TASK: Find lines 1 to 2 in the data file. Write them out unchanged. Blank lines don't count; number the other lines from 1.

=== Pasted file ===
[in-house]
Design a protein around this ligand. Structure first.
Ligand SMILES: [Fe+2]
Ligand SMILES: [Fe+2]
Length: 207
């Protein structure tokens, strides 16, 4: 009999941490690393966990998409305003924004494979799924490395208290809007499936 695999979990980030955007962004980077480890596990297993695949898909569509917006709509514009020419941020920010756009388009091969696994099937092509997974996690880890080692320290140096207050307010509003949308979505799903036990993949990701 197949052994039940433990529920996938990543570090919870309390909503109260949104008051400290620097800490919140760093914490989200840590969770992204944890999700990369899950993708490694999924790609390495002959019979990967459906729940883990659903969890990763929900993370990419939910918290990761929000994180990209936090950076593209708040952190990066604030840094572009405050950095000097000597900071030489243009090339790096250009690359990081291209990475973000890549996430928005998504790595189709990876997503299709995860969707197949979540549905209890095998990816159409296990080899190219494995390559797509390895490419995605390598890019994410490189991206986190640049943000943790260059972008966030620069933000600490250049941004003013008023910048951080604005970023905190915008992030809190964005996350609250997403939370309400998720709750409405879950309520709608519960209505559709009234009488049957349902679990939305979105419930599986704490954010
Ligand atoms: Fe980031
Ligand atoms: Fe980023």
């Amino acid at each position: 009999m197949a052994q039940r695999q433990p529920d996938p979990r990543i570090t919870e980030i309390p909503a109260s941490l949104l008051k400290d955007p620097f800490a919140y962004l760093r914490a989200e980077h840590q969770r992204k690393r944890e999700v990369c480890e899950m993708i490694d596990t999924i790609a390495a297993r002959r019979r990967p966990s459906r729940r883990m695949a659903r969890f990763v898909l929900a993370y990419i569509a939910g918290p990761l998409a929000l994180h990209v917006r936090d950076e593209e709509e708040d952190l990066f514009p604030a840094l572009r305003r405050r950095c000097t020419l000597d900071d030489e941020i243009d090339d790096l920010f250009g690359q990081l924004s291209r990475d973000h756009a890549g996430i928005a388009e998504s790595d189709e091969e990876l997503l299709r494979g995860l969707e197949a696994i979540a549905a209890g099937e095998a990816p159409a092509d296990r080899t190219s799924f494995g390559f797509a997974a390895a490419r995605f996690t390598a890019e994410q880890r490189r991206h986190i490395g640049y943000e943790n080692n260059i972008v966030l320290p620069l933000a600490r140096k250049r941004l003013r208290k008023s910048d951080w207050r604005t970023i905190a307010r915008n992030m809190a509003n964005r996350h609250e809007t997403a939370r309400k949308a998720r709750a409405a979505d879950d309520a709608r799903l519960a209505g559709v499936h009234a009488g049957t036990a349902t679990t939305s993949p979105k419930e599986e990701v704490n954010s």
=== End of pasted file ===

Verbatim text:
[in-house]
Design a protein around this ligand. Structure first.